Rumors are rumors in sports until they become reality.
Dangled as trade bait for more than a year, the harsh reality of being dealt from the Carolina Hurricanes hit Erik Cole hard just after Tuesday when he picked up the phone and Jim Rutherford was on the other end with the news.
Was it to be expected? Maybe. But is a player like Cole, who had settled down in the Raleigh area with a family, countless friends and a loyal fan following, really ever ready to hit the road for good?
“When you shock somebody, even though that you hear you may be traded, when you get that final word it is hard,” Rutherford said. “He was emotional about it. He’s gone through a lot here. He’s been a good player and he had an almost career-ending injury here. So, this is a tough day for him.”
Cole scored 129 goals and added 151 assists for 280 points in 418 career games, adding speed and flair to the lineup with his length-of-the-ice rushes down the right wing. He played six seasons here, but his popularity made it seem a lot longer.
As part of two Stanley Cup finals runs, Cole was on the famed BBC line of Brind’Amour and Battaglia that helped Carolina face off against the powerful Red Wings in the 2002 Cup Finals. His serious neck injury ended his best season three years later and deprived the forward of a glorious playoff run, but he did return for the final two games of the Cup finals and was on the RBCCenter ice to lift hockey’s ultimate prize over his head.
Cole didn’t reach the 30-goal plateau in his next two seasons, getting 29 two seasons ago and just 22 last year in 73 games. He always seemed to be a step away from stardom, but never really reached elite status.
“We looked for more out of Erik on a consistent basis than maybe we got,” Rutherford said. “There were nights when he was as good as any player in the league, and there were stretches where we were looking for more. But you can say that about a lot of players.”
So just like that, today Cole joined a long list of players that include Wesley, Hedican, Commodore, Stillman, Adams, Hamilton, Ladd and Grahame that started on last year’s roster but won’t suit up to the Canes this coming season.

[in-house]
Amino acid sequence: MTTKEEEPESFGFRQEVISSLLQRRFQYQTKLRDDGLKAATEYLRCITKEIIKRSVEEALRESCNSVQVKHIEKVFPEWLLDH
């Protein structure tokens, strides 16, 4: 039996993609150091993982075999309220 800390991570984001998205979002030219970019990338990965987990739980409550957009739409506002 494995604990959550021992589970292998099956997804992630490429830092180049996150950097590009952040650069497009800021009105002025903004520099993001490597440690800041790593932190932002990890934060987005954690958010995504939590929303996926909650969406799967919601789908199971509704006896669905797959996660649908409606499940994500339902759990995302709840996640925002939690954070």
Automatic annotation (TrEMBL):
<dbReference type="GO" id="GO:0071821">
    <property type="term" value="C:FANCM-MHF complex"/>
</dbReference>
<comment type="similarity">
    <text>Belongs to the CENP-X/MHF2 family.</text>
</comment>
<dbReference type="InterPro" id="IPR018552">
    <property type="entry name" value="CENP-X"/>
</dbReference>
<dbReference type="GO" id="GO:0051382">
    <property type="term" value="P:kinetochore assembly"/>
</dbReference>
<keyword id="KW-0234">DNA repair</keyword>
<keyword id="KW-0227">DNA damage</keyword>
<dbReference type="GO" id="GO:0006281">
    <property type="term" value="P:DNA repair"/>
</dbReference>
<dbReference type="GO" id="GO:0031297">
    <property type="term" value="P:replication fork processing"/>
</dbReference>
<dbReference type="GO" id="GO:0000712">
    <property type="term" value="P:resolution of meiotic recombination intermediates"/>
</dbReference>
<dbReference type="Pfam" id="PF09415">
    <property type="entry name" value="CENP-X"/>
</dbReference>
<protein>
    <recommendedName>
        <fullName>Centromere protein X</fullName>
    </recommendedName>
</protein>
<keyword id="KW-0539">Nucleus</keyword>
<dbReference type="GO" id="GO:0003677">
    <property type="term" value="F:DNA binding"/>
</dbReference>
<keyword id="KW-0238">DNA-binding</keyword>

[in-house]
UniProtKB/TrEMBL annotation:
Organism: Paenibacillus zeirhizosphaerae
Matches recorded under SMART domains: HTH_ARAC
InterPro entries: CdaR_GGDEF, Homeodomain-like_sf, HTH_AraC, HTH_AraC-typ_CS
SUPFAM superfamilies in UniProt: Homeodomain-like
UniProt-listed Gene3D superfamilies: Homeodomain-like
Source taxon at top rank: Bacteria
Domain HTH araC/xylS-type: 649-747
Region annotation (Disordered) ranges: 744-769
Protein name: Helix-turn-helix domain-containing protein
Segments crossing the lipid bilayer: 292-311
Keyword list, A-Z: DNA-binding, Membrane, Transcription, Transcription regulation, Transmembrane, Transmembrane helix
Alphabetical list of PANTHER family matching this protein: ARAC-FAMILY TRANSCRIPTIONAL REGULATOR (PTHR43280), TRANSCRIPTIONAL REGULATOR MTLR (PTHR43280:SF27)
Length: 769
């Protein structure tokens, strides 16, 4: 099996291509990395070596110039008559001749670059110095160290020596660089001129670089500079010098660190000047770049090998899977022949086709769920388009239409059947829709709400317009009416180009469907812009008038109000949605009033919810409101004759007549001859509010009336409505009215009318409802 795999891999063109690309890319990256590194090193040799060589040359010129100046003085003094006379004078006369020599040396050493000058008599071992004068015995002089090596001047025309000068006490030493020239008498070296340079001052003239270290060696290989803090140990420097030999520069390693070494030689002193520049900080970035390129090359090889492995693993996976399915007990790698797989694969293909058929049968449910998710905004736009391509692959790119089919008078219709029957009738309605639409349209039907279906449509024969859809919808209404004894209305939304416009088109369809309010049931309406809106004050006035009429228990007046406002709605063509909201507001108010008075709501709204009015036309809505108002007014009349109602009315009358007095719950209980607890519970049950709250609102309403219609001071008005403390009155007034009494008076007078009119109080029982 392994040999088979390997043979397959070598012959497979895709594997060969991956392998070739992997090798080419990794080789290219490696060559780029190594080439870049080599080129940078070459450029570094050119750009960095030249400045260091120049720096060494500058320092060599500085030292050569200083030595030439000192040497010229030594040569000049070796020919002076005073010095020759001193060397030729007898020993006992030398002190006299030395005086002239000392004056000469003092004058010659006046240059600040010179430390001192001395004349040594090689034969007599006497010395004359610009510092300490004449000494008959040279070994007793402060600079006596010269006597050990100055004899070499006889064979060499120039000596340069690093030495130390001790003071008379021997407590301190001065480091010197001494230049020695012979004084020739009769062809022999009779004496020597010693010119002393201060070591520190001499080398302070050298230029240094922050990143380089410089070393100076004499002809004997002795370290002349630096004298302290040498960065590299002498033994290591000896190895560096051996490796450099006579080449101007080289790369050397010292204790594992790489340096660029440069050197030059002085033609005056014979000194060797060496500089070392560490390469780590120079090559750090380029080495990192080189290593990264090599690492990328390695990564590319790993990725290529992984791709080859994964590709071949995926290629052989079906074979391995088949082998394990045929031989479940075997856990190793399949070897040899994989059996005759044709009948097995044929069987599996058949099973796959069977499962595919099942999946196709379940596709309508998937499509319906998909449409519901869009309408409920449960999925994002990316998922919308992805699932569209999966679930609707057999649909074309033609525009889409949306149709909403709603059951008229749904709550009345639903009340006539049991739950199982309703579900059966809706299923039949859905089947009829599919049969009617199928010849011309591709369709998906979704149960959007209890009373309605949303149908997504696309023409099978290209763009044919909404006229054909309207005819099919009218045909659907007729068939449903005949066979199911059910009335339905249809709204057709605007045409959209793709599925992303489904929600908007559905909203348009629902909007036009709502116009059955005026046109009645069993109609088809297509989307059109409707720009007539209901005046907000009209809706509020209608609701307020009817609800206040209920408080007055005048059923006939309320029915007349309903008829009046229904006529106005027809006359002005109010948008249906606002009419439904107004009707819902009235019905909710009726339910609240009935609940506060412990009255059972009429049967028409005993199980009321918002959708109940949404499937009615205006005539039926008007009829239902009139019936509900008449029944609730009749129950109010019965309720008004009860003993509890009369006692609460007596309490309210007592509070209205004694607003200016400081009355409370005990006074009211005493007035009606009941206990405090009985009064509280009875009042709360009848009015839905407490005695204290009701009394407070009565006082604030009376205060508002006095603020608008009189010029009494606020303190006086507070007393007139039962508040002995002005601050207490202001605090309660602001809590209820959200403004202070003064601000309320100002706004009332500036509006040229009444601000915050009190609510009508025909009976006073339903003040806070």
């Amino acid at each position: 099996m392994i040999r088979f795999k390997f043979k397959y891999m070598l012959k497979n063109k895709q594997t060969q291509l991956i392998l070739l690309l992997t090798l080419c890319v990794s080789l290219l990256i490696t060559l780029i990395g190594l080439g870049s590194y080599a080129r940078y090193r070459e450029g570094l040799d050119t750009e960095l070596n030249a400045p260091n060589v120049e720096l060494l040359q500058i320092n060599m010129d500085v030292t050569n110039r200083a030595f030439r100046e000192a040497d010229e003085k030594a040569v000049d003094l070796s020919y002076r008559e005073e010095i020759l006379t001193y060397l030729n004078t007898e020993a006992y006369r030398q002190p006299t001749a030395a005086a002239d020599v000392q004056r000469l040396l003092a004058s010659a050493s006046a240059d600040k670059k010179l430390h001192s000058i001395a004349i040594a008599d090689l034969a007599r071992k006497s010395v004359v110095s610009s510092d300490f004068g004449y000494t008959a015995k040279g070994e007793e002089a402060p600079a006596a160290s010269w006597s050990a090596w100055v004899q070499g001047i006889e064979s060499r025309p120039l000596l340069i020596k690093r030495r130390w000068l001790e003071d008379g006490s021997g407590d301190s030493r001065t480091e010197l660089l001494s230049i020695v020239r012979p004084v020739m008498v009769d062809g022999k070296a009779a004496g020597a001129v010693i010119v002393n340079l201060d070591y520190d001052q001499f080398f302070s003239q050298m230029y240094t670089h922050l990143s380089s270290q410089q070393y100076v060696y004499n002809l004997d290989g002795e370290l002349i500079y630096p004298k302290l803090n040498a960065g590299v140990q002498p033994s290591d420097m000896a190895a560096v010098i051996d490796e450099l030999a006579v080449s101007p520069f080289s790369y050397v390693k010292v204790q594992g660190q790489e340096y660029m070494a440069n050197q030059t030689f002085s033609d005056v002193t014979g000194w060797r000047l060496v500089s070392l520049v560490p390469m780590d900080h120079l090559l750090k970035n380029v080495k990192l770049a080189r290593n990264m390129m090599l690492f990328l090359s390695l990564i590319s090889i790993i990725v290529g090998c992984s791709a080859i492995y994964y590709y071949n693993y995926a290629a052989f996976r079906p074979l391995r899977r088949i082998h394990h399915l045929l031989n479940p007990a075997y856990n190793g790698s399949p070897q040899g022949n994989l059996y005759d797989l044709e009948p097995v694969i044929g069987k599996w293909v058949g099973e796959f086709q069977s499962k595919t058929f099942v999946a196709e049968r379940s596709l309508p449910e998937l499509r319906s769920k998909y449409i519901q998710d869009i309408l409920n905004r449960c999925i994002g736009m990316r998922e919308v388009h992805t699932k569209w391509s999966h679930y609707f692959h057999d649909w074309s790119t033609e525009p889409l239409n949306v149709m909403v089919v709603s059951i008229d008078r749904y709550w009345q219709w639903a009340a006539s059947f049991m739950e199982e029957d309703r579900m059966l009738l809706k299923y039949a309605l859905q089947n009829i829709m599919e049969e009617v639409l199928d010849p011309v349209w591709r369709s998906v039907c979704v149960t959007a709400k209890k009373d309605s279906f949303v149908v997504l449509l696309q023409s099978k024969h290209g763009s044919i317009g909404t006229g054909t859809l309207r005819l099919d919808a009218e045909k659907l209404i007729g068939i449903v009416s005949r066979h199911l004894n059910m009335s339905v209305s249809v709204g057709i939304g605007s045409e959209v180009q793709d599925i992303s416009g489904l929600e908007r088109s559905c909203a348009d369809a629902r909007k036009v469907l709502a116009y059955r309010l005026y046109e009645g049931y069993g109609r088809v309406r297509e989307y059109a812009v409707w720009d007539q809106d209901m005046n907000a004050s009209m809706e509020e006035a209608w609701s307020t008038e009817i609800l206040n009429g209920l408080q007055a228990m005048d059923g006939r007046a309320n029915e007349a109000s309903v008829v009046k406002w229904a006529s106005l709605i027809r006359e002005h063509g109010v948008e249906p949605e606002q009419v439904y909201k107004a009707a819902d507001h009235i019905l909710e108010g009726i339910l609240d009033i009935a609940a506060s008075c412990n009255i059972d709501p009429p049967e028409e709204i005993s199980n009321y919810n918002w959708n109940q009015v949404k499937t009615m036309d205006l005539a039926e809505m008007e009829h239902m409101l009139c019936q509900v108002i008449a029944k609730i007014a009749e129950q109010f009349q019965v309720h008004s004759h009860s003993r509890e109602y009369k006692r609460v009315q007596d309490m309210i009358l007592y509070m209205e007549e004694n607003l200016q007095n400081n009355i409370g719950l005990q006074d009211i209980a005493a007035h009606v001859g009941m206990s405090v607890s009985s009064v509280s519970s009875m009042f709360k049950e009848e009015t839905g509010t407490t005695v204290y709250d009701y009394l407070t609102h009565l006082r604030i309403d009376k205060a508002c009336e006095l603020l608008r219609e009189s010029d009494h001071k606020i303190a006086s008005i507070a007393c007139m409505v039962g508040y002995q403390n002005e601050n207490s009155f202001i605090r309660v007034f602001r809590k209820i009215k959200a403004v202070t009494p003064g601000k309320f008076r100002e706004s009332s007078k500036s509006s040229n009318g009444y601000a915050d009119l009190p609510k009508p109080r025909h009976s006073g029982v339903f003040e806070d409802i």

“The last time somebody asked me about all the changes we made was coming out of the work stoppage and how the fans would react and I think you got the answer in June,” Rutherford said, referring to the 2006 Stanley Cup. “It’s part of sports, there are always lots of changes. We’ve made our team younger and added some good players. We have a chance to be one of the real good teams again.”
Such is the reality of professional sports when you don’t make the playoffs for a second straight season.
With captain Rod Brind’Amour and Justin Williams given a clean bill of health after knee surgeries, Matt Cullen close to 100 percent following a concussion and the rough-and-tumble and younger Tuomo Ruutu recently signed, Cole and his $4 million a season salary became expendable in a crowded group of forwards.
In exchange, the Canes acquired 24-year-old defenseman Joni Pitkanen, the former fourth overall choice in the 2002 NHL Draft by Philadelphia. The deal for Pitkanen was sealed recently when Rutherford was told that he and Ruutu were good friends from Finland.
The 6-foot-3, 202-pound Pitkanen will add more size and offensive power to the point of the power play, joining Joe Corvo along the blue line. He will also add additional youth to a Canes back line, which includes 25-year-old Tim Gleason and 24-year-old Anton Babchuk, who returned to Carolina today after a season in Russia.
Pitkanen, Gleason and Babchuk are all former first-round draft picks of other teams. Rutherford said today another deal for a defensive-minded defenseman could be close.
Pitkanen is a restricted free agent who made $2.4 million last season, while Babchuk was signed for $1 million. With a thumb up from Ruutu about Carolina’s chemistry and commitment to winning, team officials don’t expect any difficulty signing Pitkanen.
The 6-5 Babchuk appeared on his way out of the organization two seasons ago when the defenseman refused to report to the minors after being sent down from the big club – and Rutherford suspended him. All those hard feelings were forgotten today.
“We wanted him to go to the minors to work on his development. He chose not to do that so we did kind of go in different directions,” Rutherford said, reflecting back. “I was disappointed in him and his teammates were. That was something he should have done. We didn’t totally forget about him because he is a young guy. But when you look at what it costs to get young defensemen from other teams, we’re saying, ‘Why not give this guy another chance?’ He is two years older and maybe this guy is going to step up and do what we think he can do at a very young age. So, we’ve made up.”
Rutherford also nailed down three of last year’s call-up success stories in fourth-liner Ryan Bayda, tough guy Wade Brookbank and versatile Tim Conboy.
“They earned their chance to come up here and really made a difference in our team in the second half,” Rutherford said. “Those are the kind of stories that you like to hear, where players that work hard deserve that opportunity and now they will be given that opportunity on a regular basis. I am very happy for those guys.”
In addition, Rutherford said it was one of the team’s top priorities to attempt to sign All-Star MVP Eric Staal to a multi-year extension, hopefully within the next month.